As the team of firsts for leagues in Aotearoa, Pirate City’s desire to make it to WFTDA tournaments helped them overcome various obstacles due to their location. Pirate City was established in 2006, and formed its all-star team—the All Scars—in 2009. This weekend in Pittsburgh, this team from Auckland finally gets their chance at a bracket in WFTDA postseason.
Pirate City’s All Scars played in New Zealand’s first interleague game (in 2009, against Richter City Roller Derby, now ranked WFTDA #236), and became the country’s first WFTDA Apprentice league, and first ranked team. After Beach Brawl in 2015, they entered the rankings list at #87, and from there they have been building towards a spot at WFTDA Playoffs. All Scar Captains Cutty and Karnage spoke to us about how that drive has always been there, they have just had to adapt their goals as they went along. “We had a lot to learn along the way, and every tournament we’ve had to adjust and adapt our strategies and focuses.”
Their progress since their first sanctioned games in 2014 has come with some ups and downs, but the ups came from three trips to the United States in three years. As mentioned, they went to Beach Brawl in 2015 and came back with two wins and one loss in sanctioned play. That put them in the mix, but then they drifted down a bit to start 2016 at #99.
After continuing a slight fall, they went to ECDX in June of last year and bounced back up to #87 by September. This year, they were back to #97 in January but begun a climb that resulted in +32 bump in April after their three wins at K-Town Shakedown. Sticking around in the States, they headed to the West coast and picked up three more wins and one loss at the Big O. That put them right below the D2 cutoff at #53, but by June 30th they were in the tournament bubble at #51.
Within their league, Pirate City has 70 active members that include skating and non-skating officials. They have an A and B team that travel as well as three home teams, and they just recently started a junior league called the Scallywags.
However, in a country of 4.7 million that has about 40 leagues, resources are spread thin and leagues struggle to maintain numbers. Being isolated means that the motivation to improve can be hard to keep up. “We had to become each other’s biggest competition and each other’s biggest motivation. It’s easy to stay static without external pressure. As a team, we choose to put ourselves out there to get better, even if it means flying 13,900 km!”
Thinking about the roller derby community in their corner of the world, Pirate City’s travels to the United States didn’t solely benefit them, they also wanted to bring their successes back to New Zealand to spread the ranking love. “It was part of our aim as a team to be able to bring our USA experiences and ranking back to New Zealand derby, so they don’t have to make the travel sacrifices that we did.”
They have also had coaches travel to them such as Sarah Hipel, Dual Hitizen, and Frightmare, as well as Mick Swagger coaching local and National teams. Cutty and Karnage say that the outside input has been greatly appreciated and invaluable for New Zealand roller derby. Now New Zealand has five WFTDA member leagues and one Apprentice league, with their newest member, Whakatane, taking on Pirate City in a Strength Factor Challenge Game at the end of July.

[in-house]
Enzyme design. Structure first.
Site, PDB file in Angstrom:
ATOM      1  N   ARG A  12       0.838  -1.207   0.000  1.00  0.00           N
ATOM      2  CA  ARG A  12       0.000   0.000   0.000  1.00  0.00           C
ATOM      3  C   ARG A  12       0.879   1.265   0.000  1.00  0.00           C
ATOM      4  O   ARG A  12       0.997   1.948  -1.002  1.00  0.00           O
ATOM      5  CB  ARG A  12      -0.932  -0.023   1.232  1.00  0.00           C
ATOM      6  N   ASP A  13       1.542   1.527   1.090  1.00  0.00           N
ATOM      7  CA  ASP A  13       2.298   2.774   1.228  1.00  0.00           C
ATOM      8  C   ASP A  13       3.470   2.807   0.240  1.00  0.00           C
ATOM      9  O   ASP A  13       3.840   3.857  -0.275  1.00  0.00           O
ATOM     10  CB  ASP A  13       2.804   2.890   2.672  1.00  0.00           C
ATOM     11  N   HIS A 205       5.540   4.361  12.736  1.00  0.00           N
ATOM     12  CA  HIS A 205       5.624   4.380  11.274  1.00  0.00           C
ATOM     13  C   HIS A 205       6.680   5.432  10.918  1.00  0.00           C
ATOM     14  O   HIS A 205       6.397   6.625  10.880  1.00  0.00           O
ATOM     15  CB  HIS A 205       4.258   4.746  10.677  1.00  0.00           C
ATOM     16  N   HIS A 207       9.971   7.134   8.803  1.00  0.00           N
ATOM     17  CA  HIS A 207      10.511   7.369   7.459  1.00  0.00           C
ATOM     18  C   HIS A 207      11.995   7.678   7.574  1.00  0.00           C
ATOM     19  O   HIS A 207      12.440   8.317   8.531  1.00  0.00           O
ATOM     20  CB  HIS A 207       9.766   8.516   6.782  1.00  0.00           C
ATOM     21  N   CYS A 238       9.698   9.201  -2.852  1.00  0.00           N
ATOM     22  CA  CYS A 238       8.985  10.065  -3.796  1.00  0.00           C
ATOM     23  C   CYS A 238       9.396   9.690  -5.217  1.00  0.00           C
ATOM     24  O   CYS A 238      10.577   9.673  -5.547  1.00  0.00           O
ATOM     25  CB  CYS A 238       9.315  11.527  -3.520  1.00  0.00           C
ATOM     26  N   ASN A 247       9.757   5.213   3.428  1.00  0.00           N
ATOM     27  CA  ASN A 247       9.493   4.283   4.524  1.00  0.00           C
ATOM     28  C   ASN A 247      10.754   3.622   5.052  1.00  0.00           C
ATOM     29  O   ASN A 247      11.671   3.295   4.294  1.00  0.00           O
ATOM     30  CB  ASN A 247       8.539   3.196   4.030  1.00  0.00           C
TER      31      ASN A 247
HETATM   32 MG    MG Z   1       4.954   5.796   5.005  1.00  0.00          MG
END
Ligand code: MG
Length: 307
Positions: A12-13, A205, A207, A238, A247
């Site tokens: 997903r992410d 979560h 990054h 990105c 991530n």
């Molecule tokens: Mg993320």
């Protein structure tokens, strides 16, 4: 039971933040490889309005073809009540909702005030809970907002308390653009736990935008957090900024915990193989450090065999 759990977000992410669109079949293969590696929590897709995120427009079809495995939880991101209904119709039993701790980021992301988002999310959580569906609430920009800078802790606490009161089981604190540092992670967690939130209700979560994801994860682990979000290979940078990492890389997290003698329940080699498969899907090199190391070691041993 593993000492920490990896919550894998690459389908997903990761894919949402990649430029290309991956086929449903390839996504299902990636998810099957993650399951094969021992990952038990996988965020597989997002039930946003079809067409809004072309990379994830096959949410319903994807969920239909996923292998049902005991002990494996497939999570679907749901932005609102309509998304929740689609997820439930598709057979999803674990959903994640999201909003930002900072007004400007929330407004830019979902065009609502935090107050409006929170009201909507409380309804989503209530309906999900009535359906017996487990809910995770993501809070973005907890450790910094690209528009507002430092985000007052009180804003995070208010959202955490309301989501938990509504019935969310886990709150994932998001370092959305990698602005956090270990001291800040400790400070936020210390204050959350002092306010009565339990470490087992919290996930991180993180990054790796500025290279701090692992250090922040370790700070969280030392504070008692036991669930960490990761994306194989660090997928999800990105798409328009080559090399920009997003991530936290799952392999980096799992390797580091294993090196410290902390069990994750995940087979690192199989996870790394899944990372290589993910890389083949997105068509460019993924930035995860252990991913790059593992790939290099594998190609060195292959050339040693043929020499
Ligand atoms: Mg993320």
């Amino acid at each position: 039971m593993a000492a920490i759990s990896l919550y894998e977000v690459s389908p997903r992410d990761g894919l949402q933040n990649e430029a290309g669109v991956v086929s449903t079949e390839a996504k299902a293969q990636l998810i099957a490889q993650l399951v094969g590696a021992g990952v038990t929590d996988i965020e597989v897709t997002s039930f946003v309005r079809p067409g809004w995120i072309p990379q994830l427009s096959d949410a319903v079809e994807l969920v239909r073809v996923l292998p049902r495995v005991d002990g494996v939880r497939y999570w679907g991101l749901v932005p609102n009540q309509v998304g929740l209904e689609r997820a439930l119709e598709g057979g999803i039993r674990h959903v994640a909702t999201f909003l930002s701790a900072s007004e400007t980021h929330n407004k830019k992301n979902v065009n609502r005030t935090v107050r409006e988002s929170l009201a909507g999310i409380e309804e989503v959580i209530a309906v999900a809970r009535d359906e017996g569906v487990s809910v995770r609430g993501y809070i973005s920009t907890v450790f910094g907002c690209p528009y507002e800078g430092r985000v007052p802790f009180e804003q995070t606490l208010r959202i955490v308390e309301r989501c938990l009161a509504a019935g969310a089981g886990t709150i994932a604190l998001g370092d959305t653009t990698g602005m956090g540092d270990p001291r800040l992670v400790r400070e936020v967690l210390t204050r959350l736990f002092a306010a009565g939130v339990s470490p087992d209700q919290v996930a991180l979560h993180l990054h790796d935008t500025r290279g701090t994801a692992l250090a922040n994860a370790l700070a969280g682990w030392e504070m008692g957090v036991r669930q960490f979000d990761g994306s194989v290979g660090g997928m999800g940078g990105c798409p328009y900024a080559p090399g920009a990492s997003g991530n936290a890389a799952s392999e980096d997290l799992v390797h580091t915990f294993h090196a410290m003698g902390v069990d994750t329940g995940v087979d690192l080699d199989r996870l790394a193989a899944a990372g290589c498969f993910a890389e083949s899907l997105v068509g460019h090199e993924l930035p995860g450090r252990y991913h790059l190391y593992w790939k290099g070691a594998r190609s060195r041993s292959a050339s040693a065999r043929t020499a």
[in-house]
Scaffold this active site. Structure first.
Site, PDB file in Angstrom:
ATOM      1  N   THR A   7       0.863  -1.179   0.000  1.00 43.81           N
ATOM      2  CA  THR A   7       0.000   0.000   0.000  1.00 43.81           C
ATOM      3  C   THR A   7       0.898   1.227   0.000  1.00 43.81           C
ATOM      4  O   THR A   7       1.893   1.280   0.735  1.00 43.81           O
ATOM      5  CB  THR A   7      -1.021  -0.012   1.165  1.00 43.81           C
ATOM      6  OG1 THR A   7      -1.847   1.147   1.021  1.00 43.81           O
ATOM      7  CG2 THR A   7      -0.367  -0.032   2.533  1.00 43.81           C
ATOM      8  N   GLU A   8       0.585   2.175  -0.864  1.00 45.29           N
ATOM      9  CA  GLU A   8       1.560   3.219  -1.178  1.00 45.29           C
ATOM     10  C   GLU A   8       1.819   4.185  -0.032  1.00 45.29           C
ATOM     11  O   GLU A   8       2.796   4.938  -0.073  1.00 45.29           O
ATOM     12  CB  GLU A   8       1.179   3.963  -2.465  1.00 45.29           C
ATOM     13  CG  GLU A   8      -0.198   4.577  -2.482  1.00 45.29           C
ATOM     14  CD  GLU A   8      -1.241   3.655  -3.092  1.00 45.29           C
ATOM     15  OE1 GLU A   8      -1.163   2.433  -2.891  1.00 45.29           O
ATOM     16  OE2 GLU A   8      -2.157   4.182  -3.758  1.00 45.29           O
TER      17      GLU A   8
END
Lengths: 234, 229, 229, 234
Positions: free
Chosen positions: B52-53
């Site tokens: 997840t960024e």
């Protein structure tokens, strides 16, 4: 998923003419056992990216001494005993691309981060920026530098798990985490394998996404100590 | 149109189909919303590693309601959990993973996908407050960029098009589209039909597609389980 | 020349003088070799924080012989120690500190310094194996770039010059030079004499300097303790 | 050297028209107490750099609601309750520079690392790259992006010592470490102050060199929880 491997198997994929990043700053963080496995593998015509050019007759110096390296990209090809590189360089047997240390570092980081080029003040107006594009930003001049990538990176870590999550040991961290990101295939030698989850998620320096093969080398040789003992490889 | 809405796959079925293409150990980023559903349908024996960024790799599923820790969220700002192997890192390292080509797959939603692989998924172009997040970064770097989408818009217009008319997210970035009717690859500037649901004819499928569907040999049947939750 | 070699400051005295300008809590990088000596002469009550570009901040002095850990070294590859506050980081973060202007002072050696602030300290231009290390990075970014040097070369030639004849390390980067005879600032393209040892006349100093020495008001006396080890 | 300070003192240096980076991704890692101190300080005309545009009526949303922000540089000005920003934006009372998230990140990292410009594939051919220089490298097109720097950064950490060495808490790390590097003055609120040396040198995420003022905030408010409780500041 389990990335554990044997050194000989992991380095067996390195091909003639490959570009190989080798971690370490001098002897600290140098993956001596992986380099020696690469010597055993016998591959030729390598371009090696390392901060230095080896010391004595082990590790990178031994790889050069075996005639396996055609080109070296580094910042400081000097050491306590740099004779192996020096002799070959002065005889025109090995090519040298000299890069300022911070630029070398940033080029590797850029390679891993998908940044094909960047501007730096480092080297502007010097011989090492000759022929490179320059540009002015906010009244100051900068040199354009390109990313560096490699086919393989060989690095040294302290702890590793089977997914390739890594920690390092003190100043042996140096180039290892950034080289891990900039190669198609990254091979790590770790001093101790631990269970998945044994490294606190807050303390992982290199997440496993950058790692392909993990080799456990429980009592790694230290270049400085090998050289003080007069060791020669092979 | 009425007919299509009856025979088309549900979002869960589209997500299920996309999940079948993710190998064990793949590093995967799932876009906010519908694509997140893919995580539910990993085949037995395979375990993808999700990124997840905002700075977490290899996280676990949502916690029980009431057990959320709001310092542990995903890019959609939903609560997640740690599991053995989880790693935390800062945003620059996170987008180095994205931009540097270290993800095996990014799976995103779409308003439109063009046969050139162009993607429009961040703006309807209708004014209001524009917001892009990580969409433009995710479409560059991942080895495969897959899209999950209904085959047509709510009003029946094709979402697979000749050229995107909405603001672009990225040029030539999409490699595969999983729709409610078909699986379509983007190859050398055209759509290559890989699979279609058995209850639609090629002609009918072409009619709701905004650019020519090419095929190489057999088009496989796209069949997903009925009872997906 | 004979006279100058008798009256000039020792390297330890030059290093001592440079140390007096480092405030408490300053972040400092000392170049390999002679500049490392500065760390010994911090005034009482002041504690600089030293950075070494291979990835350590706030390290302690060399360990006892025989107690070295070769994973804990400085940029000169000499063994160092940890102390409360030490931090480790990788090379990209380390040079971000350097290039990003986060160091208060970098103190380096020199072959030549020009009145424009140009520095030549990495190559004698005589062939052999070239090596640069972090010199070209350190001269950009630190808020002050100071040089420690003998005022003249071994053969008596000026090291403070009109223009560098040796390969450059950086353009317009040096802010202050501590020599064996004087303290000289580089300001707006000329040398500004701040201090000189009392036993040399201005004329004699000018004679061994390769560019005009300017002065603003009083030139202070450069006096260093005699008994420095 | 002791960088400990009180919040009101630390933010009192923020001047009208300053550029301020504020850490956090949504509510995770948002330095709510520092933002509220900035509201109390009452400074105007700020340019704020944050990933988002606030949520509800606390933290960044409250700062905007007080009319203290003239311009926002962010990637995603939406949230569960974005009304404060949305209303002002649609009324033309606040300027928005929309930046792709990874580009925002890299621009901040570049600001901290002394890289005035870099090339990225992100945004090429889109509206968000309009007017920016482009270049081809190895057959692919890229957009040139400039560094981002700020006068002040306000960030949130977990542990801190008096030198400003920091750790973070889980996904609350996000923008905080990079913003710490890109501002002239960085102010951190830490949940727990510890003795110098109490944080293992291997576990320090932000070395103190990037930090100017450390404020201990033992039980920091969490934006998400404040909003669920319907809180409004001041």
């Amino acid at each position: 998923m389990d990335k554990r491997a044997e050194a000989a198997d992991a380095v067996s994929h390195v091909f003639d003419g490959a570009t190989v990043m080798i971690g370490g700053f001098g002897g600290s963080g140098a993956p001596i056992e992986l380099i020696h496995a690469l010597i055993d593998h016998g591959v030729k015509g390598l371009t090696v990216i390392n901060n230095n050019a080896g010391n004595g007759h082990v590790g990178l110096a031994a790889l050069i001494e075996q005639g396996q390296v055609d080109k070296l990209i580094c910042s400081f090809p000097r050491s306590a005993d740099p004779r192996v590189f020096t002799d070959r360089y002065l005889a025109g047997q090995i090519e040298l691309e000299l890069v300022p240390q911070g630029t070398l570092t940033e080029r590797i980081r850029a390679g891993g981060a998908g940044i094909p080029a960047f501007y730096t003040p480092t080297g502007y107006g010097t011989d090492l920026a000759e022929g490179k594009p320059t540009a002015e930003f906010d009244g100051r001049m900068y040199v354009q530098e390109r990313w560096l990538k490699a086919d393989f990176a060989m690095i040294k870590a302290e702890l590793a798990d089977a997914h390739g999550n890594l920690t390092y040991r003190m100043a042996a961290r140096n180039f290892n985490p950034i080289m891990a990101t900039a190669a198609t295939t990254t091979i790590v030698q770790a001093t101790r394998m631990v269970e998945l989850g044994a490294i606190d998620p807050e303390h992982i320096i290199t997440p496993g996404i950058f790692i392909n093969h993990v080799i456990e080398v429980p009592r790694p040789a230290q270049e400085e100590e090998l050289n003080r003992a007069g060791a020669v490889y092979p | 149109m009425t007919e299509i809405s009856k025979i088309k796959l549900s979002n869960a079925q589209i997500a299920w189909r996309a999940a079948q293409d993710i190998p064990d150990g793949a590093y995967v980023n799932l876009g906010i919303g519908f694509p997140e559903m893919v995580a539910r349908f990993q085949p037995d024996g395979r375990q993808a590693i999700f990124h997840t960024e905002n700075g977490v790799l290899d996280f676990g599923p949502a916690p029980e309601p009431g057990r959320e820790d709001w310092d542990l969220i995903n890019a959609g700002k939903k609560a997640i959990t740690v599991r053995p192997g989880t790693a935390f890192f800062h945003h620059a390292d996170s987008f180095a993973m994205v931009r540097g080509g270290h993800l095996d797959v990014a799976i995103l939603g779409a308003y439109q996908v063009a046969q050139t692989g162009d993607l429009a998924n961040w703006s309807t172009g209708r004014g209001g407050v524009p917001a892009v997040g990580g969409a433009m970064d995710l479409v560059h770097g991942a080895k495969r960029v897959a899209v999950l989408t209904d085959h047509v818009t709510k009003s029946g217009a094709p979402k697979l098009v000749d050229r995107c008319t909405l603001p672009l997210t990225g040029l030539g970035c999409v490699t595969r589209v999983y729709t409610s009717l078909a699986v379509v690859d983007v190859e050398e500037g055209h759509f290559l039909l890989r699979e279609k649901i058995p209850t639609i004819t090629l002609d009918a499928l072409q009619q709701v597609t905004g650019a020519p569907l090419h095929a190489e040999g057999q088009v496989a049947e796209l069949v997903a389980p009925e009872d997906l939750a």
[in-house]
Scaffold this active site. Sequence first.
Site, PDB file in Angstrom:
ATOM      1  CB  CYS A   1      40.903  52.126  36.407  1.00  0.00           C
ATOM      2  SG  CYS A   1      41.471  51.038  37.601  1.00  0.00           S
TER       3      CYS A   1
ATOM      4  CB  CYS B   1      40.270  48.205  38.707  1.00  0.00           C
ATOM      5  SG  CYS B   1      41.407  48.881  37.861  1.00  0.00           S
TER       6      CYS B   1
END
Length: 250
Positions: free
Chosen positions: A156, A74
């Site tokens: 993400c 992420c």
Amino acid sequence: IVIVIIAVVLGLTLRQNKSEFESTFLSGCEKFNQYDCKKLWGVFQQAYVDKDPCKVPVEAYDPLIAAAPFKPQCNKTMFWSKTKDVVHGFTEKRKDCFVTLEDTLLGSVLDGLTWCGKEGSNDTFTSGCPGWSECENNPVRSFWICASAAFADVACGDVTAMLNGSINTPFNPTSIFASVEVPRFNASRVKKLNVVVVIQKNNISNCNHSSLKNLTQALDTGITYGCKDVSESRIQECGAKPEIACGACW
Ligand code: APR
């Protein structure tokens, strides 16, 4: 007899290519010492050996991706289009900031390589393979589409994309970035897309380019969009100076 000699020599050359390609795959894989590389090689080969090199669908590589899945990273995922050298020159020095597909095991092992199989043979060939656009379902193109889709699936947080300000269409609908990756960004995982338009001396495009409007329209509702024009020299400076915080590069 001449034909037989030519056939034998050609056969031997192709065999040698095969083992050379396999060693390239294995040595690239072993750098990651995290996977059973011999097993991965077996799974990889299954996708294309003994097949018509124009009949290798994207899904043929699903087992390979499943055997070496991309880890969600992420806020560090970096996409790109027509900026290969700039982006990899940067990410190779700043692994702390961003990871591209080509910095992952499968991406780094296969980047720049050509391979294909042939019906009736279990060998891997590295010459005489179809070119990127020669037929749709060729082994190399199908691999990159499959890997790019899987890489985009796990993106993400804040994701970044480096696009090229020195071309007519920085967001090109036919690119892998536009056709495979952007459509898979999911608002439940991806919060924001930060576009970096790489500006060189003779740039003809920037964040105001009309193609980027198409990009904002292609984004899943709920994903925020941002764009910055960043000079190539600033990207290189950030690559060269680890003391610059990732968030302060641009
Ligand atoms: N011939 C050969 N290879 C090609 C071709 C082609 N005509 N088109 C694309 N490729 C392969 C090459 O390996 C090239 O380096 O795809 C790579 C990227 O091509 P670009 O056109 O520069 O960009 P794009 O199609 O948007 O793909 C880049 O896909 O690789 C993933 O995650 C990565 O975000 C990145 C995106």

Spending weeks in the States for two different tournaments was a way for Pirate City to learn from each game and adjust for the next time they took the track. The trip itself also took a lot of planning, fundraising, logistics, and training which helped bring the team together on multiple levels. The All Scar Captains say that traveling to the States is a huge time and money commitment, and each time not everyone is able to go. “That has never stopped the skaters who weren’t attending from showing up to every training, giving their all on the track, cheering for us from home, and supporting the fundraising attempts of the team.”
Even some of Pirate City’s losses have helped them see their growth over the past few seasons. In 2015 they took losses to Emerald City (208-75) and Sydney (232-70) and this year they took two big wins against them instead. Pittsburgh will be their fourth trip to the U.S., and the second one this season, meaning they will feel the absence of some skaters who can’t attend. “That being said, if you ever think you’ve seen all that Pirate City has to offer, remember we’ve got depth to our team that hasn’t been on show yet.”
While Pirate City has been focusing on correcting some of the weaknesses that their spring trip revealed, Cutty and Karnage say that their mental preparation has been vital to their training. “Really it’s been two months of working as a unit and reminding each other that we have everything we need for success within our team on the bench, but also that our squad, league, and local community have our backs.” Financially they have had fundraisers throughout the year and recently have been seen chugging milk and squatting with dogs as they have reached certain goals. Donate to them here.
As the #10 seed, Pirate City will take on the #7 seed Boston this Friday on track two at 4:30pm (next day at 8:30am NZST). Cutty and Karnage are excited about the influx of teams from around the world making it to Playoffs and encourage people to remember the extra factors it takes for them to get there and to support them on the track. ” There’s nothing like having someone cheering for you when you’ve come across the world to play the sport we all love.”
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